Lack of forage (quantity and quality) is the cause of many cattle being in less-than-desirable body condition going into the winter. The months ahead are critical, regardless of whether your cows calve in the fall or spring, to ensure that cows breed back. So what can be done to cushion the wrath of Mother Nature? Well, in some form, we must intervene.
This intervention can come in many way, but one of the easiest, note I did not say most economical, is to implement a supplemental feeding program intended to meet a set of objectives. This does not mean feeding your cows 3 to 6 pounds of 20 percent breeder cubes because that’s what you did last year. What I mean is collecting the necessary information to implement a program designed to meet actual nutrient deficiencies and targeted performance criteria. So what is that information and who do you get it?
1) Start with your forage base. In order to strategically design a supplemental feeding program, you must have an understanding of forage type and its stage of production, due to their influence on forage quality.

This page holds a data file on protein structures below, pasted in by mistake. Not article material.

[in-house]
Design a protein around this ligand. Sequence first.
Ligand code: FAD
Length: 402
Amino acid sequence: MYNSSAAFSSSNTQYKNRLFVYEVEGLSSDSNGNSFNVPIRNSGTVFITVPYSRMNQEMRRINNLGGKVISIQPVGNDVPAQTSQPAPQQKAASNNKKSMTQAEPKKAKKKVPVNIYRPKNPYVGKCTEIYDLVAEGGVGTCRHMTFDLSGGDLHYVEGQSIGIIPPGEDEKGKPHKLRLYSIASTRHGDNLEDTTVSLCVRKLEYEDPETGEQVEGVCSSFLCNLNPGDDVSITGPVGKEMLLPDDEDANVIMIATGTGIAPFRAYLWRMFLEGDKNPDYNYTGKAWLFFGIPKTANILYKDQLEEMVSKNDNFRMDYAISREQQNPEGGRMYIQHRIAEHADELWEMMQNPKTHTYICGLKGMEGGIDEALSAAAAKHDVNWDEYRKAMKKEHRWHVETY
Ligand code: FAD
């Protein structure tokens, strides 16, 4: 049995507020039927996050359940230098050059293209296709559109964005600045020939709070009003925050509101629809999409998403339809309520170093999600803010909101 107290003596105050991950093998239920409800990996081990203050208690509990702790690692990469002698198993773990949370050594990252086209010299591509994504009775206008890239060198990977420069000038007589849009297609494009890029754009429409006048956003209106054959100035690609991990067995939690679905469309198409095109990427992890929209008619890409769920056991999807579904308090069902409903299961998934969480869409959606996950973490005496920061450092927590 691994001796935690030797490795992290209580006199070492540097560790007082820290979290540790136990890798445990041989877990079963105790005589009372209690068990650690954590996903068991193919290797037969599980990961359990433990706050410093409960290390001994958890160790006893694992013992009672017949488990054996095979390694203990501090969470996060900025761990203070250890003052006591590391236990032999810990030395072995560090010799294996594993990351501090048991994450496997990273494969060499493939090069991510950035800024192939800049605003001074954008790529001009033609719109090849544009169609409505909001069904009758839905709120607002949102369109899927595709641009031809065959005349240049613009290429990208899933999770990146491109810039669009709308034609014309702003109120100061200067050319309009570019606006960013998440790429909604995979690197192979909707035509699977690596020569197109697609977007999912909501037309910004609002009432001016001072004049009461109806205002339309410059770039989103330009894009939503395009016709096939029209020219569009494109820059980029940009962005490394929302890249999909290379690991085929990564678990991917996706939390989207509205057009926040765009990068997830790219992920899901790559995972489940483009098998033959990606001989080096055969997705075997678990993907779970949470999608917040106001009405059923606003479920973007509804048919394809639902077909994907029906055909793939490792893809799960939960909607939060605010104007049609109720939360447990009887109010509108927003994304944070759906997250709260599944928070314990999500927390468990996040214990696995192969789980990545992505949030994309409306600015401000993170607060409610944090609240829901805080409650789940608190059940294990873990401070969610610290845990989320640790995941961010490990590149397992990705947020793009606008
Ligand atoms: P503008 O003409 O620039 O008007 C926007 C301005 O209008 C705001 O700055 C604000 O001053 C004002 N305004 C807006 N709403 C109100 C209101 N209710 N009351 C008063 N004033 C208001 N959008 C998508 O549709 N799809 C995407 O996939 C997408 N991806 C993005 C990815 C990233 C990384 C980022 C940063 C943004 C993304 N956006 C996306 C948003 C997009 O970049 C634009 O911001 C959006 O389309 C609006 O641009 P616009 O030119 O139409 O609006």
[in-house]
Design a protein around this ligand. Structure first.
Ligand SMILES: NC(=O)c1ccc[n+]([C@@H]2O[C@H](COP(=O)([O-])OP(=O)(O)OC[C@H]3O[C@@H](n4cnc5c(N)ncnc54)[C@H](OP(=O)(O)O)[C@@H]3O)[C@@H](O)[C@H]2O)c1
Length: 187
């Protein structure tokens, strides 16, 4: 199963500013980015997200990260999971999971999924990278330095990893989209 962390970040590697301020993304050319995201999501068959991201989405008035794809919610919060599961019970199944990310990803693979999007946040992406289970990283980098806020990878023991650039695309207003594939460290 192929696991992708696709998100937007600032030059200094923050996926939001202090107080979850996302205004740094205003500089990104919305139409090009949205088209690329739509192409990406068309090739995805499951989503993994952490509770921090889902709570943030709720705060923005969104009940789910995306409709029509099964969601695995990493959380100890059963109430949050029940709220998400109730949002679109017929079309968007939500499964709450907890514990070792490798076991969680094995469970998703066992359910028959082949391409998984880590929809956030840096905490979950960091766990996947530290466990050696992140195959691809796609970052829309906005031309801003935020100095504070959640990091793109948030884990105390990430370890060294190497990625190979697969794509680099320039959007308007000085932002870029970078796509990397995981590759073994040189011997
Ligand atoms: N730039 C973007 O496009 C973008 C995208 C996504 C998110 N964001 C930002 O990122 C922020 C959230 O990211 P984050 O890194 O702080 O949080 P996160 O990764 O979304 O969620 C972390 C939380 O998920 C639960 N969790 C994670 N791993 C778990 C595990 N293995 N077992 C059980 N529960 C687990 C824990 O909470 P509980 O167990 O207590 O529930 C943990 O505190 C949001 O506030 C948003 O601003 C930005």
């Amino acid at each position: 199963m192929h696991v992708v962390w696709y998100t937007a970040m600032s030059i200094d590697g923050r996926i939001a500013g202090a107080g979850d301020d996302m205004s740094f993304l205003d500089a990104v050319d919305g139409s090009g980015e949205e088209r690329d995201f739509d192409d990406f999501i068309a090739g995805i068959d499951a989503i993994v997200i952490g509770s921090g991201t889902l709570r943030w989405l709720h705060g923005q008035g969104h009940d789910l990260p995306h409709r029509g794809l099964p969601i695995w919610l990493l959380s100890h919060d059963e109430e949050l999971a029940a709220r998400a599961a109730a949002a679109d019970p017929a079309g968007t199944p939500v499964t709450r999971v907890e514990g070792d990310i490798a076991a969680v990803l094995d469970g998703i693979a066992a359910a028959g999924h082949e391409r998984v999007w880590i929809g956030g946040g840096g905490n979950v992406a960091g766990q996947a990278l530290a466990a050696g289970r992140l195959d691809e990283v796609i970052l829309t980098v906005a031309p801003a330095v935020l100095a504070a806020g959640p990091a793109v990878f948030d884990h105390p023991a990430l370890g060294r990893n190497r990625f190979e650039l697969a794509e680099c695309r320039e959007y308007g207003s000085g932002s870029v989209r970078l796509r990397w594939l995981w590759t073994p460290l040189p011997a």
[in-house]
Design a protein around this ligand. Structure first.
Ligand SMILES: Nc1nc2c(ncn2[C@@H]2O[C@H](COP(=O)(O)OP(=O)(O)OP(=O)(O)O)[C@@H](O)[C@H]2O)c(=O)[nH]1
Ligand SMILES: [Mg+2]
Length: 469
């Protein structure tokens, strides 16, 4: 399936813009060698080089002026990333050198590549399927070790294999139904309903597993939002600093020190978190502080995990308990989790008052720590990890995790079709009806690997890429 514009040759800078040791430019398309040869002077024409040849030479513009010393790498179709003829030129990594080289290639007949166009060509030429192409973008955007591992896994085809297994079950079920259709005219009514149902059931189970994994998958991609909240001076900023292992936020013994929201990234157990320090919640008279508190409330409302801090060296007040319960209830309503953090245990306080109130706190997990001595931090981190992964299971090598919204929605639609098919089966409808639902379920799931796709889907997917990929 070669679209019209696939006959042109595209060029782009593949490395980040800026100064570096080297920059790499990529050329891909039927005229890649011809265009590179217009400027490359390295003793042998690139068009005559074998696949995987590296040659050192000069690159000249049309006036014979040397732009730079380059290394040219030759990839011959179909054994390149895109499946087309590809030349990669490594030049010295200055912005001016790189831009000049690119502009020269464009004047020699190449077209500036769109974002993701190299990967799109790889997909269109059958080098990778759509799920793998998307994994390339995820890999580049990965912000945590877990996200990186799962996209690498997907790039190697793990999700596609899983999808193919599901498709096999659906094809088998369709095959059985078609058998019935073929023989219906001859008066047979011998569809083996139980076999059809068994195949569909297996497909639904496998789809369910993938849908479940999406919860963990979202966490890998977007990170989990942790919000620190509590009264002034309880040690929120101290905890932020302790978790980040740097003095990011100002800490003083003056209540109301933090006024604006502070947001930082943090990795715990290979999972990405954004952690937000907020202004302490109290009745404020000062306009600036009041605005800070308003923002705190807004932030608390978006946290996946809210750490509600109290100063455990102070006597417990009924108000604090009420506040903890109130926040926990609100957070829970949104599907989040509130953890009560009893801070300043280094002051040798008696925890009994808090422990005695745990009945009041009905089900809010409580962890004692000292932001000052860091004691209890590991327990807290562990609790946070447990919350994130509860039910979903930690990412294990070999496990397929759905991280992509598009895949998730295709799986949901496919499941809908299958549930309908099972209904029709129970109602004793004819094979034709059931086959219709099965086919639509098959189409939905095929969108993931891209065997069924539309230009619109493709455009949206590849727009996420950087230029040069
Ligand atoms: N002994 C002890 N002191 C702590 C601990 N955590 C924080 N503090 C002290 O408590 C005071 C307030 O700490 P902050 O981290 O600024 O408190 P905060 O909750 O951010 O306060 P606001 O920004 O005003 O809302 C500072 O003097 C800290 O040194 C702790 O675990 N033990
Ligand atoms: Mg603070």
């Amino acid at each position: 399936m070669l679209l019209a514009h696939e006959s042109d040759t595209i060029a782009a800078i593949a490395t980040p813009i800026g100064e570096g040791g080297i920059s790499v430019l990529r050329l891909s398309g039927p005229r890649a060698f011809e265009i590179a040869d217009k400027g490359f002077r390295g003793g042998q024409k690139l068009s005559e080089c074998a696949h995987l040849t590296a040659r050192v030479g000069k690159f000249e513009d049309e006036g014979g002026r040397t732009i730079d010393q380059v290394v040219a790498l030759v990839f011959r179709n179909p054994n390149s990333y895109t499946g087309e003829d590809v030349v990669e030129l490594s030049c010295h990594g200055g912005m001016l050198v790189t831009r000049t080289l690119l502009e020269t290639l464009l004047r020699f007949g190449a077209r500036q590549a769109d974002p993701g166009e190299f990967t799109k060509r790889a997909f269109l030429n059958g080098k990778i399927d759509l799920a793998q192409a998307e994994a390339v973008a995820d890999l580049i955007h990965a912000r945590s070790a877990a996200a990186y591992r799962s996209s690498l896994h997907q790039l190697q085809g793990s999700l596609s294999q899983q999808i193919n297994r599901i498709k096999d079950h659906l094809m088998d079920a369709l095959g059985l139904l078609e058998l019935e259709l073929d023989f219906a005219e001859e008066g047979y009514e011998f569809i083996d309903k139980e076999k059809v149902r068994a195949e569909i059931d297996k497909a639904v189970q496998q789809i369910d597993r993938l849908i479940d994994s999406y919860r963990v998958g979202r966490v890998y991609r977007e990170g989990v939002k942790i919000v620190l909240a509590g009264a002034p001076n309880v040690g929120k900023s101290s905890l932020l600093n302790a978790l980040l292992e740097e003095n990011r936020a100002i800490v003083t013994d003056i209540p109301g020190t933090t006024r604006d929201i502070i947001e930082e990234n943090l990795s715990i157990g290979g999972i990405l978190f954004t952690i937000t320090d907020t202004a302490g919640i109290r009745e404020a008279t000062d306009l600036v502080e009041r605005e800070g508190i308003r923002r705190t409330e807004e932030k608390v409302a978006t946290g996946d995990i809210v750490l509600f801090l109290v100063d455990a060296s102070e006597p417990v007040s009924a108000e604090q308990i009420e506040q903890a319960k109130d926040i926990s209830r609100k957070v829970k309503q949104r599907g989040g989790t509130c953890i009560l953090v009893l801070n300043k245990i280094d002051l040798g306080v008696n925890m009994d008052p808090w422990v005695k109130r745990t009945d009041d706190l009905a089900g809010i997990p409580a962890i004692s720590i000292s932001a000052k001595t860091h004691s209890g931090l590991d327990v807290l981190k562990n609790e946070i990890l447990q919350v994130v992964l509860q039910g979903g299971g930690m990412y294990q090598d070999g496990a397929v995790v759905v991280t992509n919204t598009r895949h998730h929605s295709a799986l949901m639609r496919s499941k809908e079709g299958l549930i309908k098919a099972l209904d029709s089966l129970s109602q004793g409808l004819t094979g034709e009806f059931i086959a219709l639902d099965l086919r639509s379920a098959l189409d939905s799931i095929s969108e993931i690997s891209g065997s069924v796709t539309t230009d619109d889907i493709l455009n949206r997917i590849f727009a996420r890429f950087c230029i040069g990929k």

It’s important to send in a forage (hay or clipping) sample for a nutrient analysis if you really want to be accurate. Once you have this information, estimate whether forage quantity is limiting.
2) Determine the cattle’s nutrient requirements. These requirements will be affected by many factors such as breed type, body size, etc. However, the most important points to consider are current body condition score (BCS), and physiological stage of production.
3) Consider other management “issues” and/or constraints such as the ability to buy in bulk, if you are limited to feeding on the ground, and whether you need feed additives (antibiotics or ionophores) incorporated.
4) Gather information regarding feeds nearest you, taking into consideration the answers to the above questions. Make sure to ask about the total digestible nutrients (TDN) and the cost and whether the feed can be delivered.
5) Calculate how much feed is needed to meet a defined nutrient deficiency based on the cost per pound of this nutrient. This step is the easiest to accomplish if the input variables are relatively black and white. But very few things in agriculture are without some gray areas, so you may want to contact a livestock professional for help.